Cover image for Creation myths of primitive America
Creation myths of primitive America
Curtin, Jeremiah, 1835-1906.
Uniform Title:
Creation myths of primitive America in relation to the religious history and mental development of mankind
Publication Information:
Santa Barbara, Calif. : ABC-CLIO, [2002]

Physical Description:
xli, 297 pages : illustrations ; 27 cm.
General Note:
Originally published: Creation myths of primitive America in relation to the religious history and mental development of mankind. Boston : Little, Brown, 1898.
Olelbis -- Olelbis and Mem Loimis -- Norwan -- Tulchuherris -- Sedit and the two brothers Hus -- Hawt -- Norwanchakus and Keriha -- Kele and Sedit -- Kol Tibichi -- Winning of Halai Auna at the House of Tuina -- Hakas and the Tennas -- Ilhataina -- Hitchinna -- Tirukala -- Sukonia' wives and the Ichpul Sisters -- Finding of fire -- Haka Kaina -- Titindi Maupa and Paiowa, the youngest daughter of Wakara -- Two sisters, Haka Lasi and Tsore Jowa -- Dream of Juiwaiyu and his journey to Damhauja's country -- Flight of Tsanunewa and defeat of Hehku -- First battle in the world and the making of the Yana
Format :


Call Number
Material Type
Home Location
Item Holds
E98.R3 C92 2002 Adult Non-Fiction Central Closed Stacks

On Order



The remarkably accurate original translations of Native American myths from one of 19th-century America's foremost linguists.

âeuro;¢ Introduction by scholar Karl Kroeber offers new insight into the significance of Curtin's collection for understanding the creation myth system of Native America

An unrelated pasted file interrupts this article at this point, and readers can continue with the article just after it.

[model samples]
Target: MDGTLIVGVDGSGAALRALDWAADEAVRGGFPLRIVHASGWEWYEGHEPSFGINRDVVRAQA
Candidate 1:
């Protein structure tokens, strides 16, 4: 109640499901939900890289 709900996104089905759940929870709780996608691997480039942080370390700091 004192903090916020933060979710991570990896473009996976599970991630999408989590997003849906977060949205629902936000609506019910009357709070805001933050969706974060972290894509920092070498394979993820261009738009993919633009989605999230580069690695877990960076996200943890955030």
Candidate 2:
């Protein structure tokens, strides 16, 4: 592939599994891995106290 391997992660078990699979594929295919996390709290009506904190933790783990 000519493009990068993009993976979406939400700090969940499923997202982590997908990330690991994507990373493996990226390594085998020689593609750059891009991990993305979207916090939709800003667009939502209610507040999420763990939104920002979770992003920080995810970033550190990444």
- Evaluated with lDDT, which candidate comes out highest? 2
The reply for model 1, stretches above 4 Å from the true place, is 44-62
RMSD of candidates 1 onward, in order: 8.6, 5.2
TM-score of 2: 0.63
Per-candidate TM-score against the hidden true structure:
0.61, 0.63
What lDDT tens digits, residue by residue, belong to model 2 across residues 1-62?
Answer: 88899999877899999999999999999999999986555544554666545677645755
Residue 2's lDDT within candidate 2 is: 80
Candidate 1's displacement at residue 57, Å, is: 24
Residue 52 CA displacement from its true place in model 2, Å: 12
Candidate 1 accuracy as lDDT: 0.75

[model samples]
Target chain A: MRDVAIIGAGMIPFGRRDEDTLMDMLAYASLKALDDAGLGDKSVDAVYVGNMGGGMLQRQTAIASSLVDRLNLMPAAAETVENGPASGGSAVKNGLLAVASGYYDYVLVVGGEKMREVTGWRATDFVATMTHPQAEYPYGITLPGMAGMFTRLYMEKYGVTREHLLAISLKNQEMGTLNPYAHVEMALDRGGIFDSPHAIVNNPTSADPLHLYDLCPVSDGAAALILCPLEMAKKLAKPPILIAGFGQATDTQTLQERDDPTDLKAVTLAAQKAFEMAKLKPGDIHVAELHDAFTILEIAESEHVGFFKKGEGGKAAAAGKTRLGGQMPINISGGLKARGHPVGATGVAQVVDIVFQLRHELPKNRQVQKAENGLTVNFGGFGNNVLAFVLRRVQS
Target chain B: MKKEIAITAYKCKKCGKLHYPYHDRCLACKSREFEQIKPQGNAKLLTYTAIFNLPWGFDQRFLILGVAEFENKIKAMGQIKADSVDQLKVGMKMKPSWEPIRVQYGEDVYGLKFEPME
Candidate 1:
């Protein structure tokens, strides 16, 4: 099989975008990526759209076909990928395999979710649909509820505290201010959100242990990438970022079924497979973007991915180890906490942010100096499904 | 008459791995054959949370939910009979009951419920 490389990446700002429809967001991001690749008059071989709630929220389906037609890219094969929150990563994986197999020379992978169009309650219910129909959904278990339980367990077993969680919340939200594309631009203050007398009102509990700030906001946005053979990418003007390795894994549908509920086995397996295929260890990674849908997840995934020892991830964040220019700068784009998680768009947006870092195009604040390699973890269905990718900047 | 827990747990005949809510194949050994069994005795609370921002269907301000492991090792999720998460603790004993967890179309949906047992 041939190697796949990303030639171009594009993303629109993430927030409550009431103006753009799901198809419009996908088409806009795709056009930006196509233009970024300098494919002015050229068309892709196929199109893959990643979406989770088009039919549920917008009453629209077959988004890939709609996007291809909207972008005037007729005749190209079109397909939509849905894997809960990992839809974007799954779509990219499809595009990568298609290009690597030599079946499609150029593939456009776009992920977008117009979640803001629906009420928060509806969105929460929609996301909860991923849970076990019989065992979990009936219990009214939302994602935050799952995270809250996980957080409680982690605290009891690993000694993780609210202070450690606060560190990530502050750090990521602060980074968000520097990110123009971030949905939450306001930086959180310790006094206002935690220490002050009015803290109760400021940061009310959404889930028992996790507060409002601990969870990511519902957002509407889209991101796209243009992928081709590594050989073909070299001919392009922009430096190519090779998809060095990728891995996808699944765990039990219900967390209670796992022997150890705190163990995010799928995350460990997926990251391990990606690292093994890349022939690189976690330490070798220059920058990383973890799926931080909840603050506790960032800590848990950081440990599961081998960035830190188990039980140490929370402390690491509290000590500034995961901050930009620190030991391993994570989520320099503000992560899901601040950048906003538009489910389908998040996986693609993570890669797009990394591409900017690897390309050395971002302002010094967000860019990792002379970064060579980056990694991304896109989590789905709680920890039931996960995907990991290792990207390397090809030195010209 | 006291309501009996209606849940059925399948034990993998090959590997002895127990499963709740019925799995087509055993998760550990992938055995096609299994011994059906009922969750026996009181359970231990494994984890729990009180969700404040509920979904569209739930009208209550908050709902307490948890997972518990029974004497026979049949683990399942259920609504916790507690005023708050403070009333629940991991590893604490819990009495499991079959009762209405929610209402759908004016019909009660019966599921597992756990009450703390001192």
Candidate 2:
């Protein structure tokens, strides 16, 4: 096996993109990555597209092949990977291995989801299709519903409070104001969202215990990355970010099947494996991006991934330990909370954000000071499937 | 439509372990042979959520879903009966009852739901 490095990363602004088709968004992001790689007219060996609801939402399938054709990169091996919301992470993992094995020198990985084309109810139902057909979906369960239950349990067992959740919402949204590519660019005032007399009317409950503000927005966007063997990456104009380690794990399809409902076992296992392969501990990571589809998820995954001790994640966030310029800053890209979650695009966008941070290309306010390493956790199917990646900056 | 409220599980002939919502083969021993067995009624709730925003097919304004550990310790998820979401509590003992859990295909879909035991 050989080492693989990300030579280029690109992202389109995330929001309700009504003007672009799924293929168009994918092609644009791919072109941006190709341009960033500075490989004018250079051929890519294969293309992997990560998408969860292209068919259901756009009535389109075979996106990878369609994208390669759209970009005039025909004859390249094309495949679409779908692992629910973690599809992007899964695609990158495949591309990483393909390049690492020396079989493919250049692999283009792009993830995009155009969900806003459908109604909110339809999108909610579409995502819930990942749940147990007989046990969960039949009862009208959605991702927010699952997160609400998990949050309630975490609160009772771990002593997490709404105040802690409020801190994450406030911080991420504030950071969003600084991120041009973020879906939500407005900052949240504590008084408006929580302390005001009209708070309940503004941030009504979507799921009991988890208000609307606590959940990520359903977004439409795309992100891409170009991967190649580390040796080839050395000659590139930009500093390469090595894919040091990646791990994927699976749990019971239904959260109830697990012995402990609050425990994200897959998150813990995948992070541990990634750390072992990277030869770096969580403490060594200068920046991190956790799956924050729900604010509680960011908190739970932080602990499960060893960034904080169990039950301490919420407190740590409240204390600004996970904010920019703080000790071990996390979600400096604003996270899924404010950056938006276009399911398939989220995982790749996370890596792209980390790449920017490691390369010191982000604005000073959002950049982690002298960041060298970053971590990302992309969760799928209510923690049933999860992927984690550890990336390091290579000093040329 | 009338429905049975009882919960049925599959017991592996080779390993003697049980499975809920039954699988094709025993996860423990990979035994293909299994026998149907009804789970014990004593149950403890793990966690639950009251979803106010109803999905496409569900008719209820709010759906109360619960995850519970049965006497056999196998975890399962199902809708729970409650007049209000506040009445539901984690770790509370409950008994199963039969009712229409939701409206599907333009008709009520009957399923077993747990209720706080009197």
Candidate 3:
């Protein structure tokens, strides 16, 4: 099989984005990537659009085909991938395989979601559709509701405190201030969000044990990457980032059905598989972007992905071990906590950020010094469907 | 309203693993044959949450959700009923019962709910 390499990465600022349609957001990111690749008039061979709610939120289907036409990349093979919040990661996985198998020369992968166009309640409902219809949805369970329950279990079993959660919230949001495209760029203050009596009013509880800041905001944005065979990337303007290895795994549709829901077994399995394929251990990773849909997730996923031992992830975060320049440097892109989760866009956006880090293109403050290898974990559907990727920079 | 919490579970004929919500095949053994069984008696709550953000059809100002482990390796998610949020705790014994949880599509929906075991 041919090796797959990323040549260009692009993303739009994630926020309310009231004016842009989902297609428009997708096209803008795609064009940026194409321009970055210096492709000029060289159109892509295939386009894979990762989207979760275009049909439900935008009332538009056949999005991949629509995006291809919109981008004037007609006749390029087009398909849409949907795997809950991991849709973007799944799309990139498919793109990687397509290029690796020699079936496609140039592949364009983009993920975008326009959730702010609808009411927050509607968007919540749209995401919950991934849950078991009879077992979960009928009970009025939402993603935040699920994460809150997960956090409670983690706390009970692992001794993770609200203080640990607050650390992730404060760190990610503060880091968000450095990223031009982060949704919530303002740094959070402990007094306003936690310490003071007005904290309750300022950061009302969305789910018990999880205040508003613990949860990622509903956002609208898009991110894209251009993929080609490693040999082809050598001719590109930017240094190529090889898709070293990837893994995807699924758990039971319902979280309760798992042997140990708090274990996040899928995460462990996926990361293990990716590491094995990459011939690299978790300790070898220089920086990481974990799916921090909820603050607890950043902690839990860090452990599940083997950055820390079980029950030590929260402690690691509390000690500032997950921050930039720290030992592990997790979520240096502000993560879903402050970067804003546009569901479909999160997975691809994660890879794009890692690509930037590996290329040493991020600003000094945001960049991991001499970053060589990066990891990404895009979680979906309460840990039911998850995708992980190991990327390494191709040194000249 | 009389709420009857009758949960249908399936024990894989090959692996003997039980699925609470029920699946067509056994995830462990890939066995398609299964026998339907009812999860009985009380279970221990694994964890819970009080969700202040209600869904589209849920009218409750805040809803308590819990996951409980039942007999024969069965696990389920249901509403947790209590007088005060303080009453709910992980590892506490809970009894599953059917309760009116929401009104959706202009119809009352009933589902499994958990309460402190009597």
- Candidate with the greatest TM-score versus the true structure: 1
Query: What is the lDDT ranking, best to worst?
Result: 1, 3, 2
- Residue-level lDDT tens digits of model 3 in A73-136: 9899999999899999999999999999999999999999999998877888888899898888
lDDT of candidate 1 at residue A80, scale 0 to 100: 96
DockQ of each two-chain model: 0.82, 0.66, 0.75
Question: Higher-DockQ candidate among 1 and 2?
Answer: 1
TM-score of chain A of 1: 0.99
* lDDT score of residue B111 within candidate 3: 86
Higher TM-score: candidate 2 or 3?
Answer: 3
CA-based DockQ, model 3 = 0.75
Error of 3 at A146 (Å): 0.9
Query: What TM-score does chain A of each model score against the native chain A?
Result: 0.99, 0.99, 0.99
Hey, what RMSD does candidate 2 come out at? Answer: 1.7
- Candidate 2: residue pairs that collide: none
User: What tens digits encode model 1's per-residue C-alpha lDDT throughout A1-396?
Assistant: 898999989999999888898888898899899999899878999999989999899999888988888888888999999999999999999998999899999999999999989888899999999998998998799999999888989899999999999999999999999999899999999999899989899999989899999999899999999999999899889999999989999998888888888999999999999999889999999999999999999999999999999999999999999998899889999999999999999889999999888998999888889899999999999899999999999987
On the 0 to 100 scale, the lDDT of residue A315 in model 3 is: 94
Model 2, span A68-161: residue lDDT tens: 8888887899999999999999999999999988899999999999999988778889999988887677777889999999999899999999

âeuro;¢ Contains original translations of the system of creation myths as told to Curtin by members of the Yana and Wintu tribes

Author Notes

Karl Kroeber is Mellon Professor in the Humanities at Columbia University

Reviews 1

Choice Review

Folklorist Curtin's easy and cordial relationship with his Native American sources for these collected myths helped him to see the differences and similarities between the various ancient myths that inform all of us. His special aptitude for languages was unique among anthropologists of his time (1838-1906) and ours. Special in his research was consistent condemnation of federal policies regarding Native peoples and the horrors visited on them by those policies. His diligence in preserving the ancient roots of these stories, many originally published in the annual reports of the Bureau of American Ethnology in the Smithsonian Institution, for which he worked, provides an exceptional resource for scholars today. Originally published in 1898, these tales from the Wintu and Yana peoples of northern California are given a new introduction by scholar of Native American literatures Karl Kroeber. ^BSumming Up: Recommended. Anthropologists, scholars, and students of the Native American experience; accessible at all levels. V. L. Schmid Cecil Community College

Table of Contents

Karl Kroeber
Introduction to Jeremiah Curtin: Creation Myths of Primitive Americap. VII
Introductionp. XXV
Olelbisp. 1
Olelbis and Mem Loimisp. 28
Norwanp. 37
Tulchuherrisp. 66
Sedit and the Two Brothers Husp. 89
Hawtp. 97
Norwanchakus and Kerihap. 116
Kele and Seditp. 134
Kol Tibichip. 146
The Winning of Halai Auna at the House of Tuinap. 153
The Hakas and the Tennasp. 161
Ilhatainap. 169
Hitchinnap. 175
Tirukalap. 181
Sukonia's Wives and the Ichpul Sistersp. 188
The Finding of Firep. 194
Haka Kainap. 198
Titindi Maupa and Paiowa, the Youngest Daughter of Wakarap. 206
The Two Sisters, Haka Lasi and Tsore Jowap. 215
The Dream of Juiwaiyu and His Journey to Damhauja's Countryp. 224
The Flight of Tsanunewa and Defeat of Hehkup. 235
The First Battle in the World and the Making of the Yanap. 247
Notesp. 259
Indexp. 287
About the Editorp. 299